Recession fears reignited due to the weak economic data. 2Y and 10Y treasury yields are down to 3.79% and 3.28% respectively. The market is pricing in a 45% chance of a rate hike in the coming meeting next month. The manufacturing PMI hit a 3-year low, indicating that the US economy is slowing. All eyes are on US CPI data next week.
Job Rebalancing: Job openings missed expectation (9.9m actual vs 10.5m forecast). The decline has renewed recession fears. Before the banking system crisis, investors were hoping for a softening job market. They are currently focusing on how much credit tightening and weakening job data would be necessary to offset additional rate hikes.
Oil: OPEC+ announced an output cut of 1.66m barrels per day unexpectedly. Oil prices surged, with WTI and Brent prices up around 6.5%. It indicated that OPEC+ has strong pricing power and could influence the prices without impacting the demand. More attention will be on the future path of oil prices and inflation.
Banking Stress: More data will be available for analyzing the banking system stress in the coming weeks. Earnings of banks will be reported next week, and they are likely to discuss their deposit flows, expectations and lending intentions. It would also provide more information on deposit outflows at specific banks. Survey results like NFIB (11/4) and NACM (28/4) will provide insights about credit conditions and credit availability.
Real Estate: Property prices are dropping and the office vacancy rate is at a 20-year high. Commercial real estates (CRE) are particularly vulnerable to the adverse impact of interest rates or bank lending. Even if the interest rates remain unchanged, new lending rates are still 300-450bps higher. In addition, remote and hybrid working options will likely accelerate the markdown in CRE.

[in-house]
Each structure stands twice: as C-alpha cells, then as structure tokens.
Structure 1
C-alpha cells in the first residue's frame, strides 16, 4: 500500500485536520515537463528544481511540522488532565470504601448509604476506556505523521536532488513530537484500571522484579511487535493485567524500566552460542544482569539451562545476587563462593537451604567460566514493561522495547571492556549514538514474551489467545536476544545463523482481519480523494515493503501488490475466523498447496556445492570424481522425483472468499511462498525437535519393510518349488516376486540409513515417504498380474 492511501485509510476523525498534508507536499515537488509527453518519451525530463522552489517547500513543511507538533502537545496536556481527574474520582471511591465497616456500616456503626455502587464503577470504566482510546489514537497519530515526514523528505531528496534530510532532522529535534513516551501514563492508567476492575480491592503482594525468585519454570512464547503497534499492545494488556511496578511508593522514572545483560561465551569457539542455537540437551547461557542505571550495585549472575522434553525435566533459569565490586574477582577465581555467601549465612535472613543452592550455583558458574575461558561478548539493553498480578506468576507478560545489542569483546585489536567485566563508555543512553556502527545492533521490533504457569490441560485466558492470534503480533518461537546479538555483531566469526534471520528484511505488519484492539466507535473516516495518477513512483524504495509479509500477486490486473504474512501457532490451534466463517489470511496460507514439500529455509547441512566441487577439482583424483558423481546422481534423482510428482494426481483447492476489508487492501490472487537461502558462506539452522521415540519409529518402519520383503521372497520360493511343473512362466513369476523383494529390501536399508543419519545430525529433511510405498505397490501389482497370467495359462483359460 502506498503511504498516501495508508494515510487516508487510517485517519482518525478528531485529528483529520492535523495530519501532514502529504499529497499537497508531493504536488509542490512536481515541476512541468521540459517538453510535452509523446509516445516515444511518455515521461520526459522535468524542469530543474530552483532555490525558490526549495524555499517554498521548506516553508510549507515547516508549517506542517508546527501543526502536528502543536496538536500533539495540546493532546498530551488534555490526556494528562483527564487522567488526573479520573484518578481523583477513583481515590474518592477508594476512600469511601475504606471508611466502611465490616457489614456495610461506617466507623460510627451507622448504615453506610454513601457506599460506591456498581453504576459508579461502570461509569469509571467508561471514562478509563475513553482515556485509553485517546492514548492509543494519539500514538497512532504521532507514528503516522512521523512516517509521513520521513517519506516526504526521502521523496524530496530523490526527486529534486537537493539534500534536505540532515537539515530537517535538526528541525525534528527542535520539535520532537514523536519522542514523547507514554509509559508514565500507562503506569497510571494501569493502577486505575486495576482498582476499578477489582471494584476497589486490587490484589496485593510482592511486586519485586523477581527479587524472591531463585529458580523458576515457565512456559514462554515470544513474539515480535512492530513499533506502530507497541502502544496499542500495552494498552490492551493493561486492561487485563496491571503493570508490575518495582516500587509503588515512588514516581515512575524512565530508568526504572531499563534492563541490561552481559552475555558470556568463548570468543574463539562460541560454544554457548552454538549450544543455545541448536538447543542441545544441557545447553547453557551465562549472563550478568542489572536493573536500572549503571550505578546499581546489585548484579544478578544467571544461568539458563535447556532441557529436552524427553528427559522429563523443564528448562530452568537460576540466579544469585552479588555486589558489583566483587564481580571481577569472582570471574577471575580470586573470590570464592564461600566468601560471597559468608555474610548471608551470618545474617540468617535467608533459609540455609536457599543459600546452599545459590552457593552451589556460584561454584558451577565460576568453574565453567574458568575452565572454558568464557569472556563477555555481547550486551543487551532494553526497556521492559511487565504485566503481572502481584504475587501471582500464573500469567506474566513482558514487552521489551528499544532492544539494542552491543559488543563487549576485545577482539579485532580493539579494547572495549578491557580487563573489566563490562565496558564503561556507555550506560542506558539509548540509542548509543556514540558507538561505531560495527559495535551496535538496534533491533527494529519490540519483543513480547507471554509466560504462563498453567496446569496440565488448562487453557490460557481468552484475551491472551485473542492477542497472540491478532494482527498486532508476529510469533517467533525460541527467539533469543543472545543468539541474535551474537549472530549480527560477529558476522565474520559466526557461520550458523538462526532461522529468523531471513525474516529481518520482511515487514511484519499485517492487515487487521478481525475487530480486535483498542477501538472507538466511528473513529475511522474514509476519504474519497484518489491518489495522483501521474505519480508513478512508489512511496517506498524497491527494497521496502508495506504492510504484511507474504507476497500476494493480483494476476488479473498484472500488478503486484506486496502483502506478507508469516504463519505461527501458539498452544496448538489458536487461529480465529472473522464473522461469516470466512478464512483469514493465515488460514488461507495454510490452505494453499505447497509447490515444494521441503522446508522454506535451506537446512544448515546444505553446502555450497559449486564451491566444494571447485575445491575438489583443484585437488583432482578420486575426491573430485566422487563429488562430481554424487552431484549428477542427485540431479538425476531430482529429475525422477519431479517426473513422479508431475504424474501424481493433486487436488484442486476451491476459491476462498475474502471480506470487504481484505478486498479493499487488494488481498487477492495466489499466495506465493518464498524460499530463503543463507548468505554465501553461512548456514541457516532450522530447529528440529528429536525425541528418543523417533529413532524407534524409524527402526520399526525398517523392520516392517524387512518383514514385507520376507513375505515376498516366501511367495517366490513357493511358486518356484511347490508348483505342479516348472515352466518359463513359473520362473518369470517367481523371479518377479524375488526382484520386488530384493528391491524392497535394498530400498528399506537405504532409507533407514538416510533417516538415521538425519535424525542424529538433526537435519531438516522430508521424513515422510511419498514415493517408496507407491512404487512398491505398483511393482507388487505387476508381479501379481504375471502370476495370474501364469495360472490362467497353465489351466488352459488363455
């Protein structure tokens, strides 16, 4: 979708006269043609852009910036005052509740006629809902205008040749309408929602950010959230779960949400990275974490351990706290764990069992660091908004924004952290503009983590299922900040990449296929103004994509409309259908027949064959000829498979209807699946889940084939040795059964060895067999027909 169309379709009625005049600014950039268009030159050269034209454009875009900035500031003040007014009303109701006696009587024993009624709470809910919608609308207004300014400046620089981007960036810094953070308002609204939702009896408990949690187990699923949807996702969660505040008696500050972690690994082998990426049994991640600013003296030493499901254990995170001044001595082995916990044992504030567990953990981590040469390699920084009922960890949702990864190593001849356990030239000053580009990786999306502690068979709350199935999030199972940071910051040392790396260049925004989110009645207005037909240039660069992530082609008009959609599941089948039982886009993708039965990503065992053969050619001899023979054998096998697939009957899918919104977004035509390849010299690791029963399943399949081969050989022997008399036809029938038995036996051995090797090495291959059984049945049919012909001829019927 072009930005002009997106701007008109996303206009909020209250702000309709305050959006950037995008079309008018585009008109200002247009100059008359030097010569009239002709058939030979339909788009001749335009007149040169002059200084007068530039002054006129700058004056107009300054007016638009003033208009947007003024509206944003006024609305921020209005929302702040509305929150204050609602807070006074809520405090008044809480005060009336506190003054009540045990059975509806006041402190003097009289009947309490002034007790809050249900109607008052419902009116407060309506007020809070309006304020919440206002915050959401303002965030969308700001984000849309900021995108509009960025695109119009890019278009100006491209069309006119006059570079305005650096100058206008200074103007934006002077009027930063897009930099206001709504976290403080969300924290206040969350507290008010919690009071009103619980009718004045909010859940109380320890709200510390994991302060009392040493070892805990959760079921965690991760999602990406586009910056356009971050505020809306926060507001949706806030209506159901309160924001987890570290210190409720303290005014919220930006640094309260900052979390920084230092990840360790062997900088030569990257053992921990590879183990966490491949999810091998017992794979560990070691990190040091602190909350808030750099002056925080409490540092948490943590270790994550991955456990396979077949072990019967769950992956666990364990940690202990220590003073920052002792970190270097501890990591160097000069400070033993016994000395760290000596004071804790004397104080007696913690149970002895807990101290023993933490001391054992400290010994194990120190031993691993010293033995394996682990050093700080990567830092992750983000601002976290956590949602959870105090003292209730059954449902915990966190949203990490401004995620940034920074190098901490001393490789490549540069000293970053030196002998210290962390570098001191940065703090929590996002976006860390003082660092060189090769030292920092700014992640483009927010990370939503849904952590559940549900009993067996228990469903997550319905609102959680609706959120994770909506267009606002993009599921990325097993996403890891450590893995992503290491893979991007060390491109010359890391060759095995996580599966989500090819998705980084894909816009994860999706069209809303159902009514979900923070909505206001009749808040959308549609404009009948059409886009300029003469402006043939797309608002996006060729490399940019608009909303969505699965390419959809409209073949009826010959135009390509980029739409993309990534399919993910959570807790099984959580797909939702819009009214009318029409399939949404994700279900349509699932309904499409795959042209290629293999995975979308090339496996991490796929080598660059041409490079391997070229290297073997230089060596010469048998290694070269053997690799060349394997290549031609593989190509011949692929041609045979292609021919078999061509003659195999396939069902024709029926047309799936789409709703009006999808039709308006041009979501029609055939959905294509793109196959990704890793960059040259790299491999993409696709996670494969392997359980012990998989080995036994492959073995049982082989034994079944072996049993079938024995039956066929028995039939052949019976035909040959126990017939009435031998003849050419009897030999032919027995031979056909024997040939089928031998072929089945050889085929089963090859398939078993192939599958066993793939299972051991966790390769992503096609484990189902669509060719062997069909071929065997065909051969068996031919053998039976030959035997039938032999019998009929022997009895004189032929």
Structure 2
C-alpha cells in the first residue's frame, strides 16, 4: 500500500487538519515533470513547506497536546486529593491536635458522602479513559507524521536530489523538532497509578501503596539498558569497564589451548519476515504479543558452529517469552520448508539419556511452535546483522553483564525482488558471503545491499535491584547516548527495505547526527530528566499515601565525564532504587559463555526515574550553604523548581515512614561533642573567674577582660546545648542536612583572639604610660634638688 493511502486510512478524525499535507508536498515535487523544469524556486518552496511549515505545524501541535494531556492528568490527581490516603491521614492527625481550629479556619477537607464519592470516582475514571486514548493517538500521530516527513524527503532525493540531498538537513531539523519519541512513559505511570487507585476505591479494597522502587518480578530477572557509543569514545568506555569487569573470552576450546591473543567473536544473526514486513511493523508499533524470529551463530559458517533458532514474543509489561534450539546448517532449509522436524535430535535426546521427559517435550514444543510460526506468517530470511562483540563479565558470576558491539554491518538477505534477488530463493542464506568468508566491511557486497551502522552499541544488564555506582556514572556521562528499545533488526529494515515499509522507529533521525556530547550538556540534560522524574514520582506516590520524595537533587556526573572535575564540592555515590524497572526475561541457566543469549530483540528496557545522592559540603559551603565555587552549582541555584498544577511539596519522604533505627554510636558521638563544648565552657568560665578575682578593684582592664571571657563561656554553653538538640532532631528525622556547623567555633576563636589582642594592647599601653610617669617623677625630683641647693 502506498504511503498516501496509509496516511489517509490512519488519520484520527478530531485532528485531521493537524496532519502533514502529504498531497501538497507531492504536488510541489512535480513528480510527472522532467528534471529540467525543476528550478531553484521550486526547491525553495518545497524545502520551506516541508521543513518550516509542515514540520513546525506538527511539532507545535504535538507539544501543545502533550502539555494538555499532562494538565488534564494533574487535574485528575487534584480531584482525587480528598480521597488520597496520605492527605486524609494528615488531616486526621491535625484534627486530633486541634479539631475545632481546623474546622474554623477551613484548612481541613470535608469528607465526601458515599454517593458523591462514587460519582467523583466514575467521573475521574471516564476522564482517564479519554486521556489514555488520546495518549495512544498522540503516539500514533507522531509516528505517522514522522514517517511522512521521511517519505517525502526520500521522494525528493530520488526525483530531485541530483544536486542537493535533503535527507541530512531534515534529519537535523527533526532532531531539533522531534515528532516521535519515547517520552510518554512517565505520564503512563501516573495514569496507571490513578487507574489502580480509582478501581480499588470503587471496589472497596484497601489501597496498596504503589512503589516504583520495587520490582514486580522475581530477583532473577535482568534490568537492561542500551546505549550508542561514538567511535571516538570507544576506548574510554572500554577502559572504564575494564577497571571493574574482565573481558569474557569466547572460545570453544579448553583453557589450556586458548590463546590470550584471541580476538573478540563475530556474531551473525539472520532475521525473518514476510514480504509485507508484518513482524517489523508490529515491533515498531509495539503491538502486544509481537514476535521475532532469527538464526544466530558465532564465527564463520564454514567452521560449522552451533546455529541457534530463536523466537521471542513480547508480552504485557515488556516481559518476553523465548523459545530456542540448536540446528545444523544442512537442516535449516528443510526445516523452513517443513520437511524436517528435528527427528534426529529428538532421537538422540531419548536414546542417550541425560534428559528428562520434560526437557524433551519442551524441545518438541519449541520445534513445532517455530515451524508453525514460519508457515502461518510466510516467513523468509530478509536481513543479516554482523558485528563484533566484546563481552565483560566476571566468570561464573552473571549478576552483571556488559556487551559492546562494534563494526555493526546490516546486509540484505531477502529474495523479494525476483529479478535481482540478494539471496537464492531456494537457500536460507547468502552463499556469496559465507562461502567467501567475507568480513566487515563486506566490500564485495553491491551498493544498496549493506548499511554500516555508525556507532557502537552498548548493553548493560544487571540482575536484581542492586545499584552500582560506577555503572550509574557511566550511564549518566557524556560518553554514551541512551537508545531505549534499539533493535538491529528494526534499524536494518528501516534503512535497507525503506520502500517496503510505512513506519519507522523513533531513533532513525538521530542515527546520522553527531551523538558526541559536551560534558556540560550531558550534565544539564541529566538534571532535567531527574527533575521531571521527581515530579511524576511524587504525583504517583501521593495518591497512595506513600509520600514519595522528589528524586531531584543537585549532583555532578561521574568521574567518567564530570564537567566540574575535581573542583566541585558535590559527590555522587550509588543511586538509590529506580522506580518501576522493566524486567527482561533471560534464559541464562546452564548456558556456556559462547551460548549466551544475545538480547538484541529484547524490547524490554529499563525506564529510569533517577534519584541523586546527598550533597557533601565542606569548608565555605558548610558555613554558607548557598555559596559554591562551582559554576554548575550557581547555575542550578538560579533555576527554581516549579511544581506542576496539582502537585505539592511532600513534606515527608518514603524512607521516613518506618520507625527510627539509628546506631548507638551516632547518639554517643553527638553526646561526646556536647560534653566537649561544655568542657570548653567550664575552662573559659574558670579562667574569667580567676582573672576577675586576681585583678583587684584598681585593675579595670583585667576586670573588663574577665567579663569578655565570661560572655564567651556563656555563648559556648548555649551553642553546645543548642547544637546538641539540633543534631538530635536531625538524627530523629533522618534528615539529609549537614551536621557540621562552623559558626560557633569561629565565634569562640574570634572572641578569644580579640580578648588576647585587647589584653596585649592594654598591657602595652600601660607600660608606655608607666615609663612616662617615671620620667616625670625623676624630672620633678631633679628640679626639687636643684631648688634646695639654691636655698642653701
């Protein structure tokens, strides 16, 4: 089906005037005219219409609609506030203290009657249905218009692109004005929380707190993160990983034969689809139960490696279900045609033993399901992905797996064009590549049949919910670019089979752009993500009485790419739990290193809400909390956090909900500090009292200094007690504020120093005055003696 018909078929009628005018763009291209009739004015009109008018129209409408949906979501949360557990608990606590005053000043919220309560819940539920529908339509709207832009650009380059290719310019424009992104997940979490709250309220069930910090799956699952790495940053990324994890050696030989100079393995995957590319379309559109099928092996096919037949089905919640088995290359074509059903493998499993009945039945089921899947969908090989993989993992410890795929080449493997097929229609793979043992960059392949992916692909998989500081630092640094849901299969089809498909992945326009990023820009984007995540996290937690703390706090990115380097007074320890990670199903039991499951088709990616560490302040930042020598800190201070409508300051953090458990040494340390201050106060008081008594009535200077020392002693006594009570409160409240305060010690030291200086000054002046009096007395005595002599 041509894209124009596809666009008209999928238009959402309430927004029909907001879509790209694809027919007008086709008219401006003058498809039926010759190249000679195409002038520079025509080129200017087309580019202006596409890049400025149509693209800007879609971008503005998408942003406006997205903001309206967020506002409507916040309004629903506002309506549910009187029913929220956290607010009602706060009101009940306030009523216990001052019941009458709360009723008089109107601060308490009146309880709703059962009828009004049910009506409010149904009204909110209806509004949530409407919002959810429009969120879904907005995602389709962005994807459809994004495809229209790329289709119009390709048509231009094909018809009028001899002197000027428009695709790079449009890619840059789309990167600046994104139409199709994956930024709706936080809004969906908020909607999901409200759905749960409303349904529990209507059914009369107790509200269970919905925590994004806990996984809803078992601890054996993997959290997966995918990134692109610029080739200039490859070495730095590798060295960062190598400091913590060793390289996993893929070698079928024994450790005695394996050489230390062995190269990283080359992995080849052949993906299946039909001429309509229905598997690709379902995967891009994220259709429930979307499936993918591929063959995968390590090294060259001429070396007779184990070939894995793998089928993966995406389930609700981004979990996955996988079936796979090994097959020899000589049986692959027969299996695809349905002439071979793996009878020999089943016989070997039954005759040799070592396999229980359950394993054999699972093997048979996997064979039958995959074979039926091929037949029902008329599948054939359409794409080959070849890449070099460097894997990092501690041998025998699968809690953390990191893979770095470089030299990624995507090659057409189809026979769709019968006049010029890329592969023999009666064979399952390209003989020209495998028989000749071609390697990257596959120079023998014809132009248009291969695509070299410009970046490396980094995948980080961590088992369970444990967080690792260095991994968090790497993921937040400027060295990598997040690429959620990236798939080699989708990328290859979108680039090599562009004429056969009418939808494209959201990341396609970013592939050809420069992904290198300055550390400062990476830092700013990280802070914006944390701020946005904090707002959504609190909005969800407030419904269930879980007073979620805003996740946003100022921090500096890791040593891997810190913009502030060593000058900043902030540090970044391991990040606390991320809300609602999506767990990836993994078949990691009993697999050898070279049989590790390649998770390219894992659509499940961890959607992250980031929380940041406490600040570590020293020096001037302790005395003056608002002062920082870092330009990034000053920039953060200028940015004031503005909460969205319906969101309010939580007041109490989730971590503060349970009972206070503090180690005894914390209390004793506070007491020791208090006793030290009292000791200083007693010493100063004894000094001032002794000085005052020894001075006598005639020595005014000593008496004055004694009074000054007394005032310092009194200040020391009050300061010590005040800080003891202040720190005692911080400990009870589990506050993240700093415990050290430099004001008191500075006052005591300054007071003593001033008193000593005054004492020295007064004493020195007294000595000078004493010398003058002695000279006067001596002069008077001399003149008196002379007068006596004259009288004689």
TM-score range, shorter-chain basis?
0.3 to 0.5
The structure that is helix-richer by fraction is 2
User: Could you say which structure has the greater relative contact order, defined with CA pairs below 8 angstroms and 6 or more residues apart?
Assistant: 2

*Data as of market close. 5-day change ending on Friday.
VIEW FROM THE STREET
Morgan Stanley: Technology and consumer discretionary sectors account for 200% of S&P500 growth since last October’s low. They are the longest-duration stocks but not the most defensive or least cyclical. It implies that investors are expecting the long-term interest rates will return to the pre-COVID levels - 100 to 200bps lower than today.
J.P. Morgan: US large caps and small caps increased by 7.5% and 2.7% respectively. The divergent are mainly attributed to the heavier weight in financial and lower weight in technology in the small caps.
Morgan Stanley: The real yield curve has been inverted. The inversion of nominal yield curve suggests higher recession risk while the inversion of real yield curve suggests a floor under inflation. With the US debt ceiling problem, inverted real yield curve indicates that interest rates will stay higher for longer than what the market is currently discounting in the long-duration assets.
UBS: As rates are likely to reach the peak, investment grade, high-grade government and sustainable bonds are recommended. Emerging market bonds are also attractive mainly attributed to their growth prospects and the weakening US dollar.
Goldman Sachs: Credit tightening is pushing down the yield as the market is still concerning about the stress in banking system. Its impact on the economy is still moderate as of now with the slowing deposit migration, while the downside risks remain when the bank funding costs increase more than expected.
Bank of America: Housing sector is typically the first sector to see the impact of the tightening policy. The economy as a whole tends to experience a delayed effect broadly, and we can already see a few victims from the recent banking sector turmoil.
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